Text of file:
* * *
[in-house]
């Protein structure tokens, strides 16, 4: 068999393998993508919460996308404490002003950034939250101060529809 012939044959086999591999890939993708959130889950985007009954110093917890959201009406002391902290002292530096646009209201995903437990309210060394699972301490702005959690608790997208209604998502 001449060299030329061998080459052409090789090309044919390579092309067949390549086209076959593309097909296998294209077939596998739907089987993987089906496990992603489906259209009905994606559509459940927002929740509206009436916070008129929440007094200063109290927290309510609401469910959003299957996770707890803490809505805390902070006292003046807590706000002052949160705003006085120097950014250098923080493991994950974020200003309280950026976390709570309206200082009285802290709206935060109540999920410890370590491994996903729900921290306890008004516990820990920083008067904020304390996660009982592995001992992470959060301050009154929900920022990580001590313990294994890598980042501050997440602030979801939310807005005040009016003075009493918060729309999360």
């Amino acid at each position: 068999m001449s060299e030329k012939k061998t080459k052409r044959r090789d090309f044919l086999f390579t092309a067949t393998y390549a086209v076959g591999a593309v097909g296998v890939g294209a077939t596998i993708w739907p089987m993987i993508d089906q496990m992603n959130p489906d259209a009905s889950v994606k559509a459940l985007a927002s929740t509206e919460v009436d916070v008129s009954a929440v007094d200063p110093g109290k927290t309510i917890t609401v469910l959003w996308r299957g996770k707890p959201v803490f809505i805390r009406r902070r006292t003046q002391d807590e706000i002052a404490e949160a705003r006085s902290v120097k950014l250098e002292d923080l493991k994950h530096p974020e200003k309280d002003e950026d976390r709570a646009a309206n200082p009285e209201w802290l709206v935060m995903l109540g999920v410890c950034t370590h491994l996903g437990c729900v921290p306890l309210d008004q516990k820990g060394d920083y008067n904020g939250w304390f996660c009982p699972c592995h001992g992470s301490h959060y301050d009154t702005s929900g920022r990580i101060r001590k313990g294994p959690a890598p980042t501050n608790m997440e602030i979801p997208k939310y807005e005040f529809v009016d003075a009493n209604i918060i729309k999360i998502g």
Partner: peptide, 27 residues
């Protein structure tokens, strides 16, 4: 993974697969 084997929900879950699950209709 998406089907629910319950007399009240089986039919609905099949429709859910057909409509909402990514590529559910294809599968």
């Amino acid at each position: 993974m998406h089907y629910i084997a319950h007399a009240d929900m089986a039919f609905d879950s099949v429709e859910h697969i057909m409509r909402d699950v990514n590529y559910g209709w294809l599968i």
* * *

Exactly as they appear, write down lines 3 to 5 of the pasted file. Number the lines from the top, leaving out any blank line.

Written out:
């Amino acid at each position: 068999m001449s060299e030329k012939k061998t080459k052409r044959r090789d090309f044919l086999f390579t092309a067949t393998y390549a086209v076959g591999a593309v097909g296998v890939g294209a077939t596998i993708w739907p089987m993987i993508d089906q496990m992603n959130p489906d259209a009905s889950v994606k559509a459940l985007a927002s929740t509206e919460v009436d916070v008129s009954a929440v007094d200063p110093g109290k927290t309510i917890t609401v469910l959003w996308r299957g996770k707890p959201v803490f809505i805390r009406r902070r006292t003046q002391d807590e706000i002052a404490e949160a705003r006085s902290v120097k950014l250098e002292d923080l493991k994950h530096p974020e200003k309280d002003e950026d976390r709570a646009a309206n200082p009285e209201w802290l709206v935060m995903l109540g999920v410890c950034t370590h491994l996903g437990c729900v921290p306890l309210d008004q516990k820990g060394d920083y008067n904020g939250w304390f996660c009982p699972c592995h001992g992470s301490h959060y301050d009154t702005s929900g920022r990580i101060r001590k313990g294994p959690a890598p980042t501050n608790m997440e602030i979801p997208k939310y807005e005040f529809v009016d003075a009493n209604i918060i729309k999360i998502g």
Partner: peptide, 27 residues
């Protein structure tokens, strides 16, 4: 993974697969 084997929900879950699950209709 998406089907629910319950007399009240089986039919609905099949429709859910057909409509909402990514590529559910294809599968």